Poll signal in Muslim sops
In a "historic" move to give a better deal to Muslims, Centre issues guidelines to improve their share in government jobs, reports HT Political Bureau.delhi Updated: Sep 01, 2007 02:19 IST
On the day Prime Minister Manmohan Singh flagged in Mumbai the benefits of being on board the nuclear bus, the government presented in Parliament a cushion to a possible Muslim backlash against the UPA being in the company of the United States.
The government’s detailed guidelines on the report of the Sachar panel that had gone into the state of the minority communities in India cover a host of issues: adequate representation to Muslims in government jobs, institution of a committee to ensure proper
representation to the community in legislatures and other sectors.
The guidelines, when read in conjunction with the six per cent hike in DA, Aam Aadmi Bima Yojana for the 1.5 crore landless rural households and appointments to gubernatorial vacancies, made it obvious that the government’s actions were prompted by the possibility of early Lok Sabha elections. The first impact of this will be felt in poll-bound and polarised Gujarat.
Having opposed the Sachar panel from its very inception, the BJP was quick to dub the government’s move as another example of its policy to appease the Muslims. Interestingly, the government’s action-taken report on Sachar’s recommendations were cleared by the Cabinet way back in May.
For this reason, its decision to table it in Parliament now is politically significant. More so, as it is identical to the reply that Minority Affairs Minister A.R. Antulay gave to a question in the Rajya Sabha on August 13. On Friday, he informed Parliament about the Centre's decision to set up an Equal Opportunity Commission. The proposed panel will look into the community's grievances arising out of discrimination in various fields.
Antulay announced a clutch of measures. But his seven-page statement is silent on the contentious issue of reservation for the most backwards among the Muslims.
With a view to encourage self-employment ventures among the youth, the public sector banks have been directed to open more branches in the Muslim majority areas. Special focus will be on women with an instruction to the banks for speedy disposal of loan cases. To ensure transparency in the process, Reserve Bank of India will maintain district-wise and bank-wise data about the disposal of the applications which will be in the public domain on its website.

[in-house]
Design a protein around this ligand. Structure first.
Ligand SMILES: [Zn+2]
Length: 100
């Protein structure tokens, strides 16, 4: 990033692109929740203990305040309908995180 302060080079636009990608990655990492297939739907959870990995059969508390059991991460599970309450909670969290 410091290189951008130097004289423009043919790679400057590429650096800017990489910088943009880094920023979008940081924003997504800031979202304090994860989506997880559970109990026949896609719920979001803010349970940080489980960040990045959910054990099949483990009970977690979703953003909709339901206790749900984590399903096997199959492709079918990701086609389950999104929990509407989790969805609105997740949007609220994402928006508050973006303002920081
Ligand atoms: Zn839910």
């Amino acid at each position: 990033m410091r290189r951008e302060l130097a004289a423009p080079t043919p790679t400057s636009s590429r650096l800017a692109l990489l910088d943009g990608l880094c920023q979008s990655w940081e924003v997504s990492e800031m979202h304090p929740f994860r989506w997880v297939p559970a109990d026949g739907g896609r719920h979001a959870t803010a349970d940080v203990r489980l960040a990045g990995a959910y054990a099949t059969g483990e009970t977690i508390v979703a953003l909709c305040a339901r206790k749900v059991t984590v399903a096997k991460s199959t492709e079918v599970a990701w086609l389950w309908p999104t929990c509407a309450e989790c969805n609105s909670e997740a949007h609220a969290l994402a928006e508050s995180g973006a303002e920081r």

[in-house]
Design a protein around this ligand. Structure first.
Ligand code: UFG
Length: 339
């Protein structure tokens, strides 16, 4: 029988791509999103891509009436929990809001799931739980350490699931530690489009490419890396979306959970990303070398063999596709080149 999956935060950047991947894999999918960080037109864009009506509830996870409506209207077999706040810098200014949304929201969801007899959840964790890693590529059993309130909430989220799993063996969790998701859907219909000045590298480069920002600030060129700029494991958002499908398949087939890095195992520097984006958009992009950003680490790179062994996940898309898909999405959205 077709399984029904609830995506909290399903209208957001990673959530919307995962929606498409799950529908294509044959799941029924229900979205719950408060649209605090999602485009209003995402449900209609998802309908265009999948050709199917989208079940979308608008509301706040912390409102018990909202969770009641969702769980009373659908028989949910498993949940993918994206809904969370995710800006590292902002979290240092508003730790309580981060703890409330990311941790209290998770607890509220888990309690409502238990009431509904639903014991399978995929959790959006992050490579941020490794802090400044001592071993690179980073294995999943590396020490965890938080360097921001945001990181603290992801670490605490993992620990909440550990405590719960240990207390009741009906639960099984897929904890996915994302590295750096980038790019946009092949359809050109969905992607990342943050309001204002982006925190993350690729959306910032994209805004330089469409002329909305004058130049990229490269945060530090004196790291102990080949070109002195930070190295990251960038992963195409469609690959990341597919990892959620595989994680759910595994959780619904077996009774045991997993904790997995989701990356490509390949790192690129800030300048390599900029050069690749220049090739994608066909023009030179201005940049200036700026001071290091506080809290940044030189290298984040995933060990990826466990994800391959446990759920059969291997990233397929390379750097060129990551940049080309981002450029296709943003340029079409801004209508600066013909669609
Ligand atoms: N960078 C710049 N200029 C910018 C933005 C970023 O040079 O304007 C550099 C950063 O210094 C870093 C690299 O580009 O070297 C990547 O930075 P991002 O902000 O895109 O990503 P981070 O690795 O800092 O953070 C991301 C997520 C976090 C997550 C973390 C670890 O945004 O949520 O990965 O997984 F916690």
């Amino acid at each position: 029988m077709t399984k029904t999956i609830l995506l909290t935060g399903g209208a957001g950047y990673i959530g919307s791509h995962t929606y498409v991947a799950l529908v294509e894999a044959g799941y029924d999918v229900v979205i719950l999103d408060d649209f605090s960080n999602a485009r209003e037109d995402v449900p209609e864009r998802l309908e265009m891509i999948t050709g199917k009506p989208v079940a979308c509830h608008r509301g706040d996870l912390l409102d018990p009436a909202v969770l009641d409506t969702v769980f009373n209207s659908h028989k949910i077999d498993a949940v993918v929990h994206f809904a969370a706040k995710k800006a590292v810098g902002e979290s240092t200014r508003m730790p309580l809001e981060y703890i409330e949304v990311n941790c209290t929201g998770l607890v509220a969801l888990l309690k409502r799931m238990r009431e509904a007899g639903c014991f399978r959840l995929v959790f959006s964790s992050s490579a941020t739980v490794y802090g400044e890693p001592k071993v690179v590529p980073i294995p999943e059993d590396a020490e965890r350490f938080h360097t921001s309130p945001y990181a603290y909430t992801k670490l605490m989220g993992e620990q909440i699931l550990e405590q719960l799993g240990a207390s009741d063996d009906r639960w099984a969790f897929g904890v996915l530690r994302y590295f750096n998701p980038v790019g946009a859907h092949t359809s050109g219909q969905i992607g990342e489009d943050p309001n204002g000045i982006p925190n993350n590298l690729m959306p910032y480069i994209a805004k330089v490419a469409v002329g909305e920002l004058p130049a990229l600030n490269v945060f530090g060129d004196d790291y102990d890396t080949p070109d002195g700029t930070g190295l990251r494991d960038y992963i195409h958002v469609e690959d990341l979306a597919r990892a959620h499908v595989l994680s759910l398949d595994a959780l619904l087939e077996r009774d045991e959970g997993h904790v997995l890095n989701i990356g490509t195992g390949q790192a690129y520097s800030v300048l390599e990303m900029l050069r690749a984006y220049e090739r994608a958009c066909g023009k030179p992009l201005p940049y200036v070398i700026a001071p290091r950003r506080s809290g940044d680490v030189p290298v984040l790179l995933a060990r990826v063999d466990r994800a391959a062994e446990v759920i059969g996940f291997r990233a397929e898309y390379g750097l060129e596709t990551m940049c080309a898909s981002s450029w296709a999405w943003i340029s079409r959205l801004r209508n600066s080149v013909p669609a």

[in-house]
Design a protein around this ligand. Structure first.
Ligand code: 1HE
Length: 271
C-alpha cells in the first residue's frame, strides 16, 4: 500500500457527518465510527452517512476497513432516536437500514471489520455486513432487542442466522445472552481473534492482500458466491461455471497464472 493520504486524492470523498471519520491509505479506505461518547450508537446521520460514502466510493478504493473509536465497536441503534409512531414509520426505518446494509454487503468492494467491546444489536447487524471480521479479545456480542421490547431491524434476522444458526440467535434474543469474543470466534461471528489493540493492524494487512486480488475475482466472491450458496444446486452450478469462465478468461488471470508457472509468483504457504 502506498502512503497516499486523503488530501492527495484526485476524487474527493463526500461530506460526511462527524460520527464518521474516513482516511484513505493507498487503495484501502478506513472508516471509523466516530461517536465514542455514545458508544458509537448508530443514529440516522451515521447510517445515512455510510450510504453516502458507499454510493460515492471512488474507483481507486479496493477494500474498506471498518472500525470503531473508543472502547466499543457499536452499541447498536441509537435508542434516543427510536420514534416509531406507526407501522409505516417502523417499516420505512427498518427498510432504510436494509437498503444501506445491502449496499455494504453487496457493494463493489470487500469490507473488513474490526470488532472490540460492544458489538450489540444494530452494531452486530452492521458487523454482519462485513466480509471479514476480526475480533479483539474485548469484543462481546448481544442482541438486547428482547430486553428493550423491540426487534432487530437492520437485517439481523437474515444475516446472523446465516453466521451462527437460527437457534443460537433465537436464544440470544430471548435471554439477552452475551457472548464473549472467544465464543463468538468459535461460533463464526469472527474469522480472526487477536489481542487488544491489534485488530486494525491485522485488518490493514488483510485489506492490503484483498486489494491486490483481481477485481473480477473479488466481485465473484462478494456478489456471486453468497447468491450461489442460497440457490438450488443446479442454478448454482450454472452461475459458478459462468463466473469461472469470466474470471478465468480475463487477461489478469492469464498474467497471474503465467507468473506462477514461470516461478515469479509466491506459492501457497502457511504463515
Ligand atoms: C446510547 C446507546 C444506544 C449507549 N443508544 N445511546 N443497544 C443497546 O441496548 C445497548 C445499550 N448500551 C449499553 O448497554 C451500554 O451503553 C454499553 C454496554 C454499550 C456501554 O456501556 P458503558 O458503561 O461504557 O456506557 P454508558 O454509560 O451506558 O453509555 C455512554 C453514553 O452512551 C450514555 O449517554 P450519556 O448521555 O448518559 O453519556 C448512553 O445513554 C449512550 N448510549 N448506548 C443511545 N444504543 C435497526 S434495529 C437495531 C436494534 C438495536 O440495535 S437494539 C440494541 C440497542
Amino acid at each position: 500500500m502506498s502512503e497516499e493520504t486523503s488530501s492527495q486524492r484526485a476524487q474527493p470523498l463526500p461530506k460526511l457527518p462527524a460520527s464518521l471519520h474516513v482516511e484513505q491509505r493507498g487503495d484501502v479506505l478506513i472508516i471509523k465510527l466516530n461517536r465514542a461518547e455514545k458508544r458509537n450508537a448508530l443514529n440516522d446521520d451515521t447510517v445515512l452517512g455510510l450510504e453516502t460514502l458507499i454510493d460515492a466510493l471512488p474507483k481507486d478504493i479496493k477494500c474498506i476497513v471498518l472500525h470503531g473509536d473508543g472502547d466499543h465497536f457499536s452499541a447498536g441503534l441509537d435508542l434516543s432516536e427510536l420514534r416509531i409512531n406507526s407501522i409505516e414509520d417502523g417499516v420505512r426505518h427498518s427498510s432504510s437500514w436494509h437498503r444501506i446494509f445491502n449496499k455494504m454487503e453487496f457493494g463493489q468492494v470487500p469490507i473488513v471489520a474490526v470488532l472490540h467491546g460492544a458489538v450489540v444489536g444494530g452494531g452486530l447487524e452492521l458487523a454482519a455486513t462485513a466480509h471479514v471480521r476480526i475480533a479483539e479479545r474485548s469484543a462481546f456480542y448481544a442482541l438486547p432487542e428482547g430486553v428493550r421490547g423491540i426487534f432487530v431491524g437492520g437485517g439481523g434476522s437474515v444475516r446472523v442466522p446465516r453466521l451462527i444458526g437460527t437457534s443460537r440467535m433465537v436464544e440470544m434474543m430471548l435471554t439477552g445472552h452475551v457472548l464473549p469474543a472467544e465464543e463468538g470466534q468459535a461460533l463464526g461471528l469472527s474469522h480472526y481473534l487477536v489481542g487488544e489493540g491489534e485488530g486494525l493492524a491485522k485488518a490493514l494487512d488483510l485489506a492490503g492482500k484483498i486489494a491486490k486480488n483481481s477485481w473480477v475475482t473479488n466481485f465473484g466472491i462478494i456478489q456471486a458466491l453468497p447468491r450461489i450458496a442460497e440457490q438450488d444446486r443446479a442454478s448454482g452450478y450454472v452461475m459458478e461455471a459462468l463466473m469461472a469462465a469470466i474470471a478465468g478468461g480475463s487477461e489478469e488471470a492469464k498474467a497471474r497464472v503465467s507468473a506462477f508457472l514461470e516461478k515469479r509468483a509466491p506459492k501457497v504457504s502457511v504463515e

There's also a range of policies to increase the literacy rate among Muslims. Expansion of upper primary schools with special schools for girls has been planned. Three scholarships schemes have also been proposed to encourage children to go to schools. A merit-cum-means scholarship for 20,000 students to pursue technical and professional courses has already been approved. In addition, pre-matric and post-matric scholarship plans are also on the anvil. Significantly, the Centre has also proposed a comprehensive amendment in the Wakf Act to strengthen it. In a related move, development of Wakf properties will be permitted through a special agency. The income so generated will be used for welfare measures.
Various measures have also been proposed to ensure social harmony through Muslims getting their due place in the society. Sections of the society including government employees, teachers etc would be sensitised to the significance of diversity and the community's social inclusion. Civil rights centres have also been proposed in universities and the beginning will be made with the central universities.
A parliamentary debate on the Sachar report is slated on September 5 when the two Houses reassemble after an extended weekend.
The move seems to have had the desired effect. Justice MSA Siddiqui, chairperson of the National Commission for Minority Education Institutions, said, "we hope that the government would implement the recommendations of the Sachar panel in letter and spirit".
Abdul Hameed Noumani, secretary of the Jamiat Ulema-I-Hind, said the announcement in Parliament shows that the government is serious about implementation of the recommendations.
(With inputs from Chetan Chauhan)